Need a book? Engineering books recommendations...

Return to index: [Subject] [Thread] [Date] [Author]

Re: Concrete vs. Steel

[Subject Prev][Subject Next][Thread Prev][Thread Next]

>      I believe that concrete has been WRONGLY prescribed ANYWHERE in a high
> seismic risk zone.  The EQ's in Turkey, Bay Bridge, Japan etc. are obvious
> proof of this.  Yes, it is possible to construct a concrete structure that
> will withstand a Richter 10 but THAT would be UNeconomical.
>      Granted that Northridge revealed problems with steel and brittle
> fracture, it will be easier to overcome this than to take the mass out of
> concrete.  Concrete has it's advantages but only in a compatible location.

I certainly can't agree with those anti-concrete statements.  Well designed
concrete is entirely appropriate for high seismic regions, perhaps even
preferable.  Having seen some of the information brought back from Turkey, I can
only say that much of the construction and design quality was was so
unbelievably poor compared to what a U.S. code would require, that it is barely
even worth discussing.  It certainly does not constitute "obvious proof".  Many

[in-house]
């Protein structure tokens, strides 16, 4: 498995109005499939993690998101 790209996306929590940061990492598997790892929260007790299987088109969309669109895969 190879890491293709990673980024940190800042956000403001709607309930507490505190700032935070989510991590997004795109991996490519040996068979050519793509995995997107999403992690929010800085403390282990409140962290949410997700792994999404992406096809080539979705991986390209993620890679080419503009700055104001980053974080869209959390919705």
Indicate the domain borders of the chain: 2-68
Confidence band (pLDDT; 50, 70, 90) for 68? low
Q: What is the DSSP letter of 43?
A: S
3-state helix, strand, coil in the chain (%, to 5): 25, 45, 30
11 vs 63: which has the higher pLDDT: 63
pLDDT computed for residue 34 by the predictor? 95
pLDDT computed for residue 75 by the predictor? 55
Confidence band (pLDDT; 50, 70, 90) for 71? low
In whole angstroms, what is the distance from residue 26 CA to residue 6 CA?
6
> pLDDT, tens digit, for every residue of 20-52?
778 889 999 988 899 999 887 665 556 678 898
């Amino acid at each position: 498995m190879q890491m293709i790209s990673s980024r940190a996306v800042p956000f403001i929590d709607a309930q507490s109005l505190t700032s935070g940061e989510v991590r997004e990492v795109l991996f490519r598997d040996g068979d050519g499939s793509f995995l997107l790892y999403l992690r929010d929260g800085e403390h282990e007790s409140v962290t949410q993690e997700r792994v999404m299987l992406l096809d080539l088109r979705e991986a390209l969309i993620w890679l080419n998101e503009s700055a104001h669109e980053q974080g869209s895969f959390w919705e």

of the buildings in Turkey that used things like ties in the columns and
deformed bars performed just fine (in steel design terms, advising these
rudimentary steps would be like saying try to stay away from cast-iron).  The
double-deck freeway that collapsed near Oakland is also in this category.  The
connection detailing was very poor by current standards, and so is no benchmark
of modern concrete construction.  Using these to condemn concrete is like saying
that Northridge was "obvious proof" that steel buildings are not appropriate for
high seismic regions.  In either case, good design, utilizing the latest
technology and materials, and being incredibly careful with detailing, makes all
the difference.  Be careful about using Japan (I am assuming you mean Kobe
specifically) as an example, since many of the building failures there were in
steel construction.  You could easily undermine your own point.

Here in Seattle (Zone 3), it seems that 75% of the large buildings currently
under construction (my guess based on living here and driving around) are c.i.p.
concrete.  Concrete may have higher mass, but it has a very favorable
damping/energy dissipation when properly confined and detailed.  It also tends
to have longer periods of response due to its higher mass.  When properly
confined and detailed, concrete is an excellent choice for resisting seismic

Paul Crocker